There were 2,395 households out of which 29.0% had children under the age of 18 living with them, 62.0% were married couples living together, 6.5% had a female householder with no husband present, and 27.9% were non-families. 21.6% of all households were made up of individuals and 7.6% had someone living alone who was 65 years of age or older. The average household size was 2.46 and the average family size was 2.87.

In the township the population was spread out with 22.9% under the age of 18, 5.3% from 18 to 24, 31.4% from 25 to 44, 28.2% from 45 to 64, and 12.1% who were 65 years of age or older. The median age was 40 years. For every 100 females, there were 100.9 males. For every 100 females age 18 and over, there were 99.7 males.

The median income for a household in the township was $49,750, and the median income for a family was $55,700. Males had a median income of $40,000 versus $28,558 for females. The per capita income for the township was $22,345. About 3.6% of families and 5.8% of the population were below the poverty line, including 9.1% of those under age 18 and 5.8% of those age 65 or over.


Hellam Township is served by the Eastern York School District. Students may also attend one of the Commonwealth's cyber charter schools at no additional cost to the family or student. The local school district pays the state set tuition fee to the cyber charter school that the student chooses to attend. By law, charter school students have access to all extracurriculars and sports programs at the local public school district. Alternatively, the Commonwealth of Pennsylvania permits parents to home school their children or they may attend a private school.[13]

Notable residents[edit]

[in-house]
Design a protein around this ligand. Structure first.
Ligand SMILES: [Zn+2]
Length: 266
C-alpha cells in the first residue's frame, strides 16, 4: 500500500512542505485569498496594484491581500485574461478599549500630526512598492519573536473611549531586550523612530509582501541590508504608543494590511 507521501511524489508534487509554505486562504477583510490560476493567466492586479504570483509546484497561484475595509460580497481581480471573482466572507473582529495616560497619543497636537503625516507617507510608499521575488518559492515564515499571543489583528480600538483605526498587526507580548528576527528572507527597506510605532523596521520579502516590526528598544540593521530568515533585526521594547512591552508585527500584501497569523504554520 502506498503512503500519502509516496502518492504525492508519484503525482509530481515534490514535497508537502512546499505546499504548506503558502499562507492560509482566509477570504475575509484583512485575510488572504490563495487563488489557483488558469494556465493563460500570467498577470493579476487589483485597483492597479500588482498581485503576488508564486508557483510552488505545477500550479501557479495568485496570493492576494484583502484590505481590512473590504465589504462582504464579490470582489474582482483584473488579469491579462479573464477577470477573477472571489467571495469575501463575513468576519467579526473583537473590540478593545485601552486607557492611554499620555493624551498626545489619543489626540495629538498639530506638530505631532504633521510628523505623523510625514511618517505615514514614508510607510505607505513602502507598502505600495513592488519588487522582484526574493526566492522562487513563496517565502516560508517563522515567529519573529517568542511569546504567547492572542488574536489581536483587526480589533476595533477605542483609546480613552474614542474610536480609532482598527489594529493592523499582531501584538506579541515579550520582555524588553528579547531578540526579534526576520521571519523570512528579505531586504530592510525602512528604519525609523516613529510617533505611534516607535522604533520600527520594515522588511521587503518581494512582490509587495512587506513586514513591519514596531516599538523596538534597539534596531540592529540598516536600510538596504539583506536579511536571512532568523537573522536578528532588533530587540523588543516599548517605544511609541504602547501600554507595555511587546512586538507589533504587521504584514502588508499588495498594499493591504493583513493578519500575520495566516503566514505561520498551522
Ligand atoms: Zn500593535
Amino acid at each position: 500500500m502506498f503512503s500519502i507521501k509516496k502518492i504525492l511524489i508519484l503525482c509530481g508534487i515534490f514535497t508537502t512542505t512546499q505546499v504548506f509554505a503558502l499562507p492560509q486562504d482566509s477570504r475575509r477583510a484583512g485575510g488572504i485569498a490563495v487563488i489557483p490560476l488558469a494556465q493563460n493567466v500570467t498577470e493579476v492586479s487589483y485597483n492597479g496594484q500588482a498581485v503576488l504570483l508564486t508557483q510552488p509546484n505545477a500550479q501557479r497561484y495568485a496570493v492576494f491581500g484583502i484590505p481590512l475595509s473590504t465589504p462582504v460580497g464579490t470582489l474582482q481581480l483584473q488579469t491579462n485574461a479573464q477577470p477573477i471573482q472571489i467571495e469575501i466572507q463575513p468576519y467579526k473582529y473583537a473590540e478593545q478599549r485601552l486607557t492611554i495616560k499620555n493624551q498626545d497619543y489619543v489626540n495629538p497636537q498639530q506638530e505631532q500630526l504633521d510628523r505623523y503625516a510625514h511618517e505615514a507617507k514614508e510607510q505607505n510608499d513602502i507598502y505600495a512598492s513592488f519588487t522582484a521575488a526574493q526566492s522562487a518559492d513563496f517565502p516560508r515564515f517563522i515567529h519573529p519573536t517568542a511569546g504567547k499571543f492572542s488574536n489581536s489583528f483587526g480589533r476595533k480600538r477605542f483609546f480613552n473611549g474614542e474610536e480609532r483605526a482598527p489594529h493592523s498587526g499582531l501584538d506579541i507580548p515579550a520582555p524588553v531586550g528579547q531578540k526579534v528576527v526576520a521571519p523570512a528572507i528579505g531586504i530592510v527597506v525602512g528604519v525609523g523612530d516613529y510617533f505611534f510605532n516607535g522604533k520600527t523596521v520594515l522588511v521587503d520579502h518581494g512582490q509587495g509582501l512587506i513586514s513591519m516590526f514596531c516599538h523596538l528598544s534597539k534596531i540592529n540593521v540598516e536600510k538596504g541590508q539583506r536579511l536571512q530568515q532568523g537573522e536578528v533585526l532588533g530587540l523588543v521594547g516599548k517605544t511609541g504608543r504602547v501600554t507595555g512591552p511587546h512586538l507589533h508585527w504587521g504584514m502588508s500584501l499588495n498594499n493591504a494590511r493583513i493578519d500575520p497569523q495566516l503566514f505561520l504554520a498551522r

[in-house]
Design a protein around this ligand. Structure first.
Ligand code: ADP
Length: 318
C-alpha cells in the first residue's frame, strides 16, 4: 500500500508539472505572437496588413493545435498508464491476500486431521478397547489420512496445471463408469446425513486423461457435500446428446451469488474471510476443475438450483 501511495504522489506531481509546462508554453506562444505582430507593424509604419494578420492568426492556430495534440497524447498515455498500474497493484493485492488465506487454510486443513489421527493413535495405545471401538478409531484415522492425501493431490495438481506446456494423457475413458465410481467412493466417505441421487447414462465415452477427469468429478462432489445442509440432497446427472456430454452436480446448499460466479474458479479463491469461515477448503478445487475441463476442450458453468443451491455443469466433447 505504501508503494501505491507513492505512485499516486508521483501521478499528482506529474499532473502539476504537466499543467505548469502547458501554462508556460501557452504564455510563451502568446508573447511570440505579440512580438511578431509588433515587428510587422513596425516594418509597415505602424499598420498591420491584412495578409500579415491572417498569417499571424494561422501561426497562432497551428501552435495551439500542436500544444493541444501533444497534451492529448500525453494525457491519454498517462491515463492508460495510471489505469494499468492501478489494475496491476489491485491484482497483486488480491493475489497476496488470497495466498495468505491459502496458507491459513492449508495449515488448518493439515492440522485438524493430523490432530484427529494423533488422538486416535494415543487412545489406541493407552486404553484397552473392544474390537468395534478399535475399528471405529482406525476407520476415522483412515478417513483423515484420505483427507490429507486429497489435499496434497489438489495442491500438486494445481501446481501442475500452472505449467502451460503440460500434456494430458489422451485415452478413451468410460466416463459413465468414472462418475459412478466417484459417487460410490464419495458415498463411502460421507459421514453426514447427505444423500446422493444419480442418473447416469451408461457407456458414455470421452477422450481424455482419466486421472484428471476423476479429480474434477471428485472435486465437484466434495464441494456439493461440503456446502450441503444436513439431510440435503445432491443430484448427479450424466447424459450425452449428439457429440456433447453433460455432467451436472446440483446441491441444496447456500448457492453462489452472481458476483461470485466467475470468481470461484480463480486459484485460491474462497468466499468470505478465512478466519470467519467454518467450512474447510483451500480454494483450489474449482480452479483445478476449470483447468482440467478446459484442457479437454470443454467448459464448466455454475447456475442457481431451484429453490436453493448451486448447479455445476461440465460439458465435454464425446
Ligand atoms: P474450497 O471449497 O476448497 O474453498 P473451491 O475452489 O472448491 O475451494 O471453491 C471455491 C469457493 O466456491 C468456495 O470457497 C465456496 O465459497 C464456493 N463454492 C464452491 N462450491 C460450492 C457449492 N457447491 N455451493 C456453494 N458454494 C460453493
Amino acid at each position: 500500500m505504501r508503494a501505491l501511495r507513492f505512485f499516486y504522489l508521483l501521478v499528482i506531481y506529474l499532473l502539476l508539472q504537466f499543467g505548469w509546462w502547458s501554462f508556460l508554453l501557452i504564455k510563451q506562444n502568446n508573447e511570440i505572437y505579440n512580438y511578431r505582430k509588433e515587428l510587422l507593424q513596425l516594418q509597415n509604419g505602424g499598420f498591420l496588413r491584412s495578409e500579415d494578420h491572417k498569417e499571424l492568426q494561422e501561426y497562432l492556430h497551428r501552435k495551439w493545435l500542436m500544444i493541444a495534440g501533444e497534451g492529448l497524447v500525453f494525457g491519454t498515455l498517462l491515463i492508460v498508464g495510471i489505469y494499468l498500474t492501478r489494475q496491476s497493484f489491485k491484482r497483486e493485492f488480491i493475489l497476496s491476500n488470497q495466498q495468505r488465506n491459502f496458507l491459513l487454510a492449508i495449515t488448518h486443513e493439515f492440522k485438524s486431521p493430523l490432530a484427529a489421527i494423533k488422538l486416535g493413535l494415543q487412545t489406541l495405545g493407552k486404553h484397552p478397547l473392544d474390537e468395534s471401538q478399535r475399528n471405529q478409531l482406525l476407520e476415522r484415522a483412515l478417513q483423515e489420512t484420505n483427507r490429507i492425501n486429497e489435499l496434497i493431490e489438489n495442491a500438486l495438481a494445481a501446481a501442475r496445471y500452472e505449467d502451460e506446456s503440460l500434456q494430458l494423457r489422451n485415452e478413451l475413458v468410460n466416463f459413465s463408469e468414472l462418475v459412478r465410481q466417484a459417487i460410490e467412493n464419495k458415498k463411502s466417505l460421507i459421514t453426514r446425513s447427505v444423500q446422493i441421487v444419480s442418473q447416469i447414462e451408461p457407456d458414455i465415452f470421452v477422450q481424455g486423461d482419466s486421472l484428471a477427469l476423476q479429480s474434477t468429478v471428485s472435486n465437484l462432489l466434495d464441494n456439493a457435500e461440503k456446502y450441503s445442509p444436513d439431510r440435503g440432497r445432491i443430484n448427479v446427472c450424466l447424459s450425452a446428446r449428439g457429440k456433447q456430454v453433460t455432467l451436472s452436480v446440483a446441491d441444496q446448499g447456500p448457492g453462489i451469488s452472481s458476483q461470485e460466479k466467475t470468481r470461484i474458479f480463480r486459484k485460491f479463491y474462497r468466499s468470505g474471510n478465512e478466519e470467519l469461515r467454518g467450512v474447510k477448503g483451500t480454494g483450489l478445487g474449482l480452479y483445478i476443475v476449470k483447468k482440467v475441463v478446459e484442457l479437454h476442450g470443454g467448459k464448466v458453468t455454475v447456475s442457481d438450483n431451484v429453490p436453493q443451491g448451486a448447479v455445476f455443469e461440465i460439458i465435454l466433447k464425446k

See also[edit]


  1. ^ "2016 U.S. Gazetteer Files". United States Census Bureau. Retrieved August 14, 2017.
  2. ^ a b "Population and Housing Unit Estimates". Retrieved June 9, 2017.
  3. ^ "Census of Population and Housing". Census.gov. Retrieved June 4, 2016.
  4. ^ "Race, Hispanic or Latino, Age, and Housing Occupancy: 2010 Census Redistricting Data (Public Law 94-171) Summary File (QT-PL), Hellam township, York County, Pennsylvania". U.S. Census Bureau, American FactFinder 2. Retrieved October 7, 2011.
  5. ^ National Park Service (July 9, 2010). "National Register Information System". National Register of Historic Places. National Park Service.
  6. ^ a b Boeckel, Teresa; Sholtis, Brett (May 19, 2017). "Developer: No pact to save house". York Daily Record. pp. 1A, 5A.
  7. ^ Lloyd, June (May 29, 2018). "Views from the Mifflin House in the 1890s". York Daily Record. Retrieved July 22, 2018.
  8. ^ Boeckel, Teresa; Sholtis, Brett (March 29, 2017). "Underground Railroad site faces demolition". York Daily Record. Retrieved May 20, 2017.
  9. ^ Boeckel, Teresa (December 22, 2017). "Campaign hopes to raise $10,000 to save York County Underground Railroad house". York Daily Record. Retrieved January 25, 2018.
  10. ^ Boeckel, Teresa (July 20, 2018). "Judge rules in case of Underground RR house". York Daily Record. Retrieved July 22, 2018.
  11. ^ Boeckel, Teresa (February 22, 2019). "Clock is ticking to preserve Underground Railroad site before it becomes a business park". York Daily Record. Retrieved March 6, 2019.
  12. ^ "American FactFinder". United States Census Bureau. Retrieved 2008-01-31.
  13. ^ Pennsylvania Department of Education, Charter Schools, 2013

External links[edit]

Coordinates: 40°02′00″N 76°37′59″W / 40.03333°N 76.63306°W / 40.03333; -76.63306